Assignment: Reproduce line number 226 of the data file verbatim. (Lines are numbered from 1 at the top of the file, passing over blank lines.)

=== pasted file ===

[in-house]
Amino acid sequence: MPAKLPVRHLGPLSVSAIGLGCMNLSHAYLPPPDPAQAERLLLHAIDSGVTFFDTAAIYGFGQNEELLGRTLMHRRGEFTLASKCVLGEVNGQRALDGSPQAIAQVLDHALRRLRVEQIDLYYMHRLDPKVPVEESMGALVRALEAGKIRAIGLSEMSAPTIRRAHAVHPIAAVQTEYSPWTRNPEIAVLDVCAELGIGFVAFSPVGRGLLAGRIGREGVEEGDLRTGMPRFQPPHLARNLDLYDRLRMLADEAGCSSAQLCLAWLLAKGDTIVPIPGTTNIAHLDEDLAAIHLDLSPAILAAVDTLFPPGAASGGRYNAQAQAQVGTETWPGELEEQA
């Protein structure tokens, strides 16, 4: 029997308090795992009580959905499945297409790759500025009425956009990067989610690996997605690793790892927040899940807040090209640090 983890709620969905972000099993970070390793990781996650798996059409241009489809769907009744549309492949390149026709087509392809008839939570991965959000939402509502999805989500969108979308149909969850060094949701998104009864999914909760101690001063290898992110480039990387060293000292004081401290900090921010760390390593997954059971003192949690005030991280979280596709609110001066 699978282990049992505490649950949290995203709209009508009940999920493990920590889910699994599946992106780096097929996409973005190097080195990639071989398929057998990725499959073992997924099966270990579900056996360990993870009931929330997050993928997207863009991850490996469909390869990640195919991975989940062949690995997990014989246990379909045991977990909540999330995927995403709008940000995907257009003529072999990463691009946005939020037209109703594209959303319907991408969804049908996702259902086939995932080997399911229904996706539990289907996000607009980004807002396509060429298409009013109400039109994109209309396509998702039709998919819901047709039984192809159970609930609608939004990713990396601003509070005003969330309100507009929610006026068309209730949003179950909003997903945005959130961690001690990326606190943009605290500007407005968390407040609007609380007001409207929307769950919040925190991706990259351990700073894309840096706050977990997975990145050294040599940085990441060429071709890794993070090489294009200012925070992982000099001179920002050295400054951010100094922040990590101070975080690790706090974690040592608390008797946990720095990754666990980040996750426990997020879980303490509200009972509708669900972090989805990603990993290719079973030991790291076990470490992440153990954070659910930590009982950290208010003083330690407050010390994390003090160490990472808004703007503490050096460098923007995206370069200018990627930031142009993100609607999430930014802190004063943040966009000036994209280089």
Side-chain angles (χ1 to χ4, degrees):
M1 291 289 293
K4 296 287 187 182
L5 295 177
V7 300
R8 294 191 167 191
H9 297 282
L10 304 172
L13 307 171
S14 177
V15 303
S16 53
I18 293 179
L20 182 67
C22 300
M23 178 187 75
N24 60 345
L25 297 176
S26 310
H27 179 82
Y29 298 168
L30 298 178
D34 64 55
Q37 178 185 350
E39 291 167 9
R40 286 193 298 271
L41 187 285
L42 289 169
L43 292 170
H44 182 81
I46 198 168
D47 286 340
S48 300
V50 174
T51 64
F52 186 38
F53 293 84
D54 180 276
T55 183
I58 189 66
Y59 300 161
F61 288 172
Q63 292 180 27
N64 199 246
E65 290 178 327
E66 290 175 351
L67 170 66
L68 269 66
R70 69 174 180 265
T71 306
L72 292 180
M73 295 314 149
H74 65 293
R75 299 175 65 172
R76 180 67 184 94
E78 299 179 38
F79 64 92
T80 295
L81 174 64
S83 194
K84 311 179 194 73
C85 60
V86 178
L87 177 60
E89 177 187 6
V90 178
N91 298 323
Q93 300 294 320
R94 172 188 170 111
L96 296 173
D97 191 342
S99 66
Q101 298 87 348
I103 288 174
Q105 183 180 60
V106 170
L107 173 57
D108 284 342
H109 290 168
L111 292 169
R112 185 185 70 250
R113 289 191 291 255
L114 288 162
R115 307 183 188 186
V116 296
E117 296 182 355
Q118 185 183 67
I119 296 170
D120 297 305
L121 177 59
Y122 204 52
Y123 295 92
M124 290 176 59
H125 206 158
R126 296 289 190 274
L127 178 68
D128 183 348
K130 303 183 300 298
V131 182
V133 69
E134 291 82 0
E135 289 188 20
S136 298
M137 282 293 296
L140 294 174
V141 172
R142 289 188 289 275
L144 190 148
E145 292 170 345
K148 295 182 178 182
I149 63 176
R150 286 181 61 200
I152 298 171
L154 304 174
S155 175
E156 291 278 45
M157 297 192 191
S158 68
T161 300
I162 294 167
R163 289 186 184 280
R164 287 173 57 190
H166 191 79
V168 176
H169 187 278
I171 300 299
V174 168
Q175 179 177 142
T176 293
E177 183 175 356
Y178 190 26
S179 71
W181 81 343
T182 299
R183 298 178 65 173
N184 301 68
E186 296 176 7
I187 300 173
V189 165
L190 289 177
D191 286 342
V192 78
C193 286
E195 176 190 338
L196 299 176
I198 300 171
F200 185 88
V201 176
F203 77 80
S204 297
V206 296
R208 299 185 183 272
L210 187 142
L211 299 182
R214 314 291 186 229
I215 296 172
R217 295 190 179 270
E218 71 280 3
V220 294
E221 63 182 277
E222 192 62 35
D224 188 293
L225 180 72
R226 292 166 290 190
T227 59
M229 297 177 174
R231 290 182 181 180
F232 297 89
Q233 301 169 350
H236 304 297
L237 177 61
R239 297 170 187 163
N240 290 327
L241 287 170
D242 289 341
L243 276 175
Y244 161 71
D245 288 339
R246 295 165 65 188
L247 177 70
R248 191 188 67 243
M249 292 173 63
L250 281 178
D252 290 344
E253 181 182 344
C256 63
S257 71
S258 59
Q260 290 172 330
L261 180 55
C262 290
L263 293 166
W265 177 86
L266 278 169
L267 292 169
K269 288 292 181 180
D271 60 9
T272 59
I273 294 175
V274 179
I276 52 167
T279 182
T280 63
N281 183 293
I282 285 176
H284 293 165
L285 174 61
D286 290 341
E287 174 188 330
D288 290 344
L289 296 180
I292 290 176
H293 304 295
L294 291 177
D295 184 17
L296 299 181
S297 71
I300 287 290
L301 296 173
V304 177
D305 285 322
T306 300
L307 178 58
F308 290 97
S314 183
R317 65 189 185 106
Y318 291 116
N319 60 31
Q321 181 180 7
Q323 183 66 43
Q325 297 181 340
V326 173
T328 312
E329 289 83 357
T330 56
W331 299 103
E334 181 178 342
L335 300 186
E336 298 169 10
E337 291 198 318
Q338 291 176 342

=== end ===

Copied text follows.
L307 178 58